Author: J. N. Liles
Publisher: Univ. of Tennessee Press
Release Date: 1990
Genre: Crafts & Hobbies
"This is the most comprehensive manual written on natural dyes since the early 1800s. Jim Liles has rescued ancient skills from near-extinction and shared them in a book that will inspire, challenge, and guide the modern dyer."--Rita Buchanan, author of A Weaver's Garden, and editor of the new Brooklyn Botanic Gardens Handbook on Natural Dyes " . . . a must for every dyer. The recipes are explicit and detailed as to success and failure."--Mary Frances Davidson For several thousand years, all dyes were of animal, vegetable, or mineral origin, and many ancient civilizations possessed excellent dye technologies. The first synthetic dye was produced in 1856, and the use of traditional dyes declined rapidly thereafter. By 1915 few non-synthetics were used by industry or craftspeople. The craft revivals of the 1920s explored traditional methods of natural dyeing to some extent, particularly with wool, although the great eighteenth- and nineteenth-century dye manuals, which recorded the older processes, remained largely forgotten. In The Art and Craft of Natural Dyeing, J. N. Liles consolidates the lore of the older dyers with his own first-hand experience to produce both a history of natural dyes and a practical manual for using pre-synthetic era processes on all the natural fibers--cotton, linen, silk, and wool. A general section on dyeing and mordanting and a glossary introduce the beginner to dye technology. In subsequent chapters, Liles summarizes the traditional dye methods available for each major color group. Scores of recipes provide detailed instructions on how to collect ingredients--flowers, weeds, insects, wood, minerals--prepare the dyevat, troubleshoot, and achieve specific shades. The book will appeal not only to beginning and veteran dyers but to students of restorations and reconstruction as well as to craftspeople--spinners, quilters, weavers, knitters, and other textile artists--interested in natural dyes for their beauty and historical authenticity. The Author: J. N. Liles is professor of zoology at the University of Tennessee, Knoxville. He has taught at Arrowmont School and other regional craft schools and has exhibited his work at the Arrowmont School, the Southern Highland Handicraft Guild Folk Art Center, and the Carol Reece Museum.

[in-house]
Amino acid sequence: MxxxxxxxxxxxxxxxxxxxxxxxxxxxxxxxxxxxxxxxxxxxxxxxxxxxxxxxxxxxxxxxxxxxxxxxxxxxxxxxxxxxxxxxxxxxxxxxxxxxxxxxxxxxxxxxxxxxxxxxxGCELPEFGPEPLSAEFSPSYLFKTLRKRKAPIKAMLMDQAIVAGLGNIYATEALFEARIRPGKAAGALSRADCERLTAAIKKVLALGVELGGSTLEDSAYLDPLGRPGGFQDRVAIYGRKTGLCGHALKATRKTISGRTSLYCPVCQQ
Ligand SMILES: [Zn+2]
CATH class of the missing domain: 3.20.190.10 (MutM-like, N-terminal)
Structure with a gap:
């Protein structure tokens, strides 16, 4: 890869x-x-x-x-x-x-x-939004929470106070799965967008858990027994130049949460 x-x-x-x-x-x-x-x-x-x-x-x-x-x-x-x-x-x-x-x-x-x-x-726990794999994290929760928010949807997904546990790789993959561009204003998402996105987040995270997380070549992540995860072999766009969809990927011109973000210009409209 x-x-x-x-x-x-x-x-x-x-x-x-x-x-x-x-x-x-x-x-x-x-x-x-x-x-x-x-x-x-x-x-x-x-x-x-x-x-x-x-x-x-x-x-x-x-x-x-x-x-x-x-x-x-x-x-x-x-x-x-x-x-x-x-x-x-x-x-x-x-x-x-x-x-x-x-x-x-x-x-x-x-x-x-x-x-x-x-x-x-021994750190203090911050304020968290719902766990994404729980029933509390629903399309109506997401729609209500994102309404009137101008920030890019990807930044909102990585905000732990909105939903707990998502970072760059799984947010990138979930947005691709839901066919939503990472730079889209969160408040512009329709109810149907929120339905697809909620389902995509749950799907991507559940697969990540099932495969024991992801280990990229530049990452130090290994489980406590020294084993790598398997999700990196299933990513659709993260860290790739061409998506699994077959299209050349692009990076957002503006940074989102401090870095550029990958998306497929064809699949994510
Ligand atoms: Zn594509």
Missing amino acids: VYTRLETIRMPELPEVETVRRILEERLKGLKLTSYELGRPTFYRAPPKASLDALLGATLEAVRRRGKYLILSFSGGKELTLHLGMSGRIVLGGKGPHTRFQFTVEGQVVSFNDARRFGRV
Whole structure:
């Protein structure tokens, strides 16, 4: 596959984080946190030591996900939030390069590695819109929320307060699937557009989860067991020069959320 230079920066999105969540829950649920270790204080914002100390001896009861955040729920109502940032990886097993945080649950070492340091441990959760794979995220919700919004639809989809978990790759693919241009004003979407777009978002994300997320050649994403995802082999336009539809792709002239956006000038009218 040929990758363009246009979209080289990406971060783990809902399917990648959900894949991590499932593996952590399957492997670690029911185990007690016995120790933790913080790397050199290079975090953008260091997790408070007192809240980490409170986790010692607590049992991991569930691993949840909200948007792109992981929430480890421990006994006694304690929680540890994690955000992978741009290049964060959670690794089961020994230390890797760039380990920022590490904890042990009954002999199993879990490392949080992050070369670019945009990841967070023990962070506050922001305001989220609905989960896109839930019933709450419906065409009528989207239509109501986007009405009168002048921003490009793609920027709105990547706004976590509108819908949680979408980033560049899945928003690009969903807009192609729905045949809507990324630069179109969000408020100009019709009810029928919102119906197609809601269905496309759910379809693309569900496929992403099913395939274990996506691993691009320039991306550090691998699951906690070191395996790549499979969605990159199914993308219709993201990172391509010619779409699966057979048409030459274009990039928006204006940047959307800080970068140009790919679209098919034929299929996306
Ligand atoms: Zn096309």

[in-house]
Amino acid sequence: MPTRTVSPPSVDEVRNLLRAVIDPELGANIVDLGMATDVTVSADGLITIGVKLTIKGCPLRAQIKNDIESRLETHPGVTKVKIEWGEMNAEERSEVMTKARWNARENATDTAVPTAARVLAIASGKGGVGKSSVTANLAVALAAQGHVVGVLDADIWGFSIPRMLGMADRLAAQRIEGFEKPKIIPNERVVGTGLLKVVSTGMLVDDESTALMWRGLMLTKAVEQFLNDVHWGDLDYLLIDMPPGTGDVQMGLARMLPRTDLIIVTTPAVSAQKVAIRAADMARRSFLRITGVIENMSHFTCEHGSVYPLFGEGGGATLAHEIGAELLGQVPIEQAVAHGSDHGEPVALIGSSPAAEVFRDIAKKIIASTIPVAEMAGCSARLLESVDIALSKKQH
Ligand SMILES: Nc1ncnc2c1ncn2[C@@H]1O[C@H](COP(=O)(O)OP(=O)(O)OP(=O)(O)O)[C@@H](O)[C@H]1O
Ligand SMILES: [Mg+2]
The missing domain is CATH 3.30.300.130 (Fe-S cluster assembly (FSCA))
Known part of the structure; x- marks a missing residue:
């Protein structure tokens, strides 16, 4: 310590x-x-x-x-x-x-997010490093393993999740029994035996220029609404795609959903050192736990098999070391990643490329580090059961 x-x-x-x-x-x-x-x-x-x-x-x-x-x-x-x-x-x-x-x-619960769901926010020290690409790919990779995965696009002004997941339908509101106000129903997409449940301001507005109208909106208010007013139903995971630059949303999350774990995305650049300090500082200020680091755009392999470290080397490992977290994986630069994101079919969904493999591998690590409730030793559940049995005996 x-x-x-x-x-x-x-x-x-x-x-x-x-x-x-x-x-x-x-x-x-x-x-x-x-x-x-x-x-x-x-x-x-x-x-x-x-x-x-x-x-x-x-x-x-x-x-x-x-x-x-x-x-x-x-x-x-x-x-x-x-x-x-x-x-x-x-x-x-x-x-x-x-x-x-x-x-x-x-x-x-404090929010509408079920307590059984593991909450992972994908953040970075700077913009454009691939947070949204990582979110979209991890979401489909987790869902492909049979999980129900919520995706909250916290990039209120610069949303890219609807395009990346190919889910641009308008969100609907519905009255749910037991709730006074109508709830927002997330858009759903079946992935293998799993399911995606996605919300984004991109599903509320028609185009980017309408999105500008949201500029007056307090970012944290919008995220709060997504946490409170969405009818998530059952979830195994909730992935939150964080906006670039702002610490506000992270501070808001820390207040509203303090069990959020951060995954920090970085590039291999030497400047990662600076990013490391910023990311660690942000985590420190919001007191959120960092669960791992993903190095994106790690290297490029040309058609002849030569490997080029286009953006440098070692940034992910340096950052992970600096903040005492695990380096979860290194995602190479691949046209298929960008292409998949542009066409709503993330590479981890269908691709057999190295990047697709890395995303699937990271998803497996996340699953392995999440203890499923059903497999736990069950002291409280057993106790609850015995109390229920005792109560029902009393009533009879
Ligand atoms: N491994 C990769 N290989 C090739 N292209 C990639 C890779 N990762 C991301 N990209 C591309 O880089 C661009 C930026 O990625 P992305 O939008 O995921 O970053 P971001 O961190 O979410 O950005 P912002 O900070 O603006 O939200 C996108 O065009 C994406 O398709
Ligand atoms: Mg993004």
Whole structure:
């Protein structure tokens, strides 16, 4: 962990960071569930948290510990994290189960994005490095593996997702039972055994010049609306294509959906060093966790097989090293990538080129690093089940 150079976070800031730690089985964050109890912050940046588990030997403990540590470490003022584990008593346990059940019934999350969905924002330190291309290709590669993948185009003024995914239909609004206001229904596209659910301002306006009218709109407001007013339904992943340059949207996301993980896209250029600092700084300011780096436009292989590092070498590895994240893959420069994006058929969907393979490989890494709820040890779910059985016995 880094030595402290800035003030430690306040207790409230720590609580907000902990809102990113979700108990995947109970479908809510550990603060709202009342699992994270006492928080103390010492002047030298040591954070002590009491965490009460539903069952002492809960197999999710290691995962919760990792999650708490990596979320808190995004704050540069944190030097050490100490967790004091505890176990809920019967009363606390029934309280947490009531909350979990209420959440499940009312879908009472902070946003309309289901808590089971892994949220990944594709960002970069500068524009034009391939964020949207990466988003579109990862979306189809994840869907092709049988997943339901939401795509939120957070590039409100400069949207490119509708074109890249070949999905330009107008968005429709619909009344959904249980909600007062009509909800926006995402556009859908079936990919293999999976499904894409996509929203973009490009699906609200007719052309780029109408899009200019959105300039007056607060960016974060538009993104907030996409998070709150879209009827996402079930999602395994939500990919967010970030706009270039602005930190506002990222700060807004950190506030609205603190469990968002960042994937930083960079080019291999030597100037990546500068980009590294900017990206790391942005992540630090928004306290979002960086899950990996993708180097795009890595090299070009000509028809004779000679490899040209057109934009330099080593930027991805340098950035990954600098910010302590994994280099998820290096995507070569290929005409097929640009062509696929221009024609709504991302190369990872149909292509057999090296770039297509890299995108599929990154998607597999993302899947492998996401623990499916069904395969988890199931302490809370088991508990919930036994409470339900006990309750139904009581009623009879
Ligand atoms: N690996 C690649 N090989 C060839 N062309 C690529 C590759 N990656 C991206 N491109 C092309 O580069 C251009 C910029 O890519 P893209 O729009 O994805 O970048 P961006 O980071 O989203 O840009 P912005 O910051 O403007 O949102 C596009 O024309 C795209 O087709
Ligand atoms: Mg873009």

The stunning beauty of Japanese fabrics inspired award-winning quiltmaker Kitty Pippen to immerse her quilts in Japanese elegance and style. Now Kitty shares her dazzling creations in eight exquisite patterns that illustrate how quilters of all skill levels can play with these dramatic fabrics in their quilts. Includes patterns ranging from simple mosaics and Japanese octagonal designs to Crazy patchwork, plus over 40 photos of glorious Japanese-style quilts. Provides a comprehensive introduction to Japanese textiles, such as indigo, kasuri, yukata, shibori, and aizome. Features a section on using sashiko quilting to add richness to any pieced quilt. Draws on common quilting techniques, such as traditional machine piecing, paper piecing, and appliqué.
The latest in a series documenting the world-renowned Asian art collections of Alfred Baur, this new volume presents a group of 18th- and 19th-century Japanese Buddhist textiles. Previously unpublished, the collection is made up not of kimonos or monks' kesa robes, but of uchishiki, beautiful and intricate Buddhist altar covers. Like kesa, they were made from lengths of sumptuous silk, most often donated to the temple. With elaborate polychrome decoration, highlighted by gold or silver thread, uchishiki stand out as testaments to the extraordinary skill of Kyoto weavers. Superb photographs are accompanied by full scholarly notes on the history of silk weaving in Japan as well as the techniques and decorative motifs used.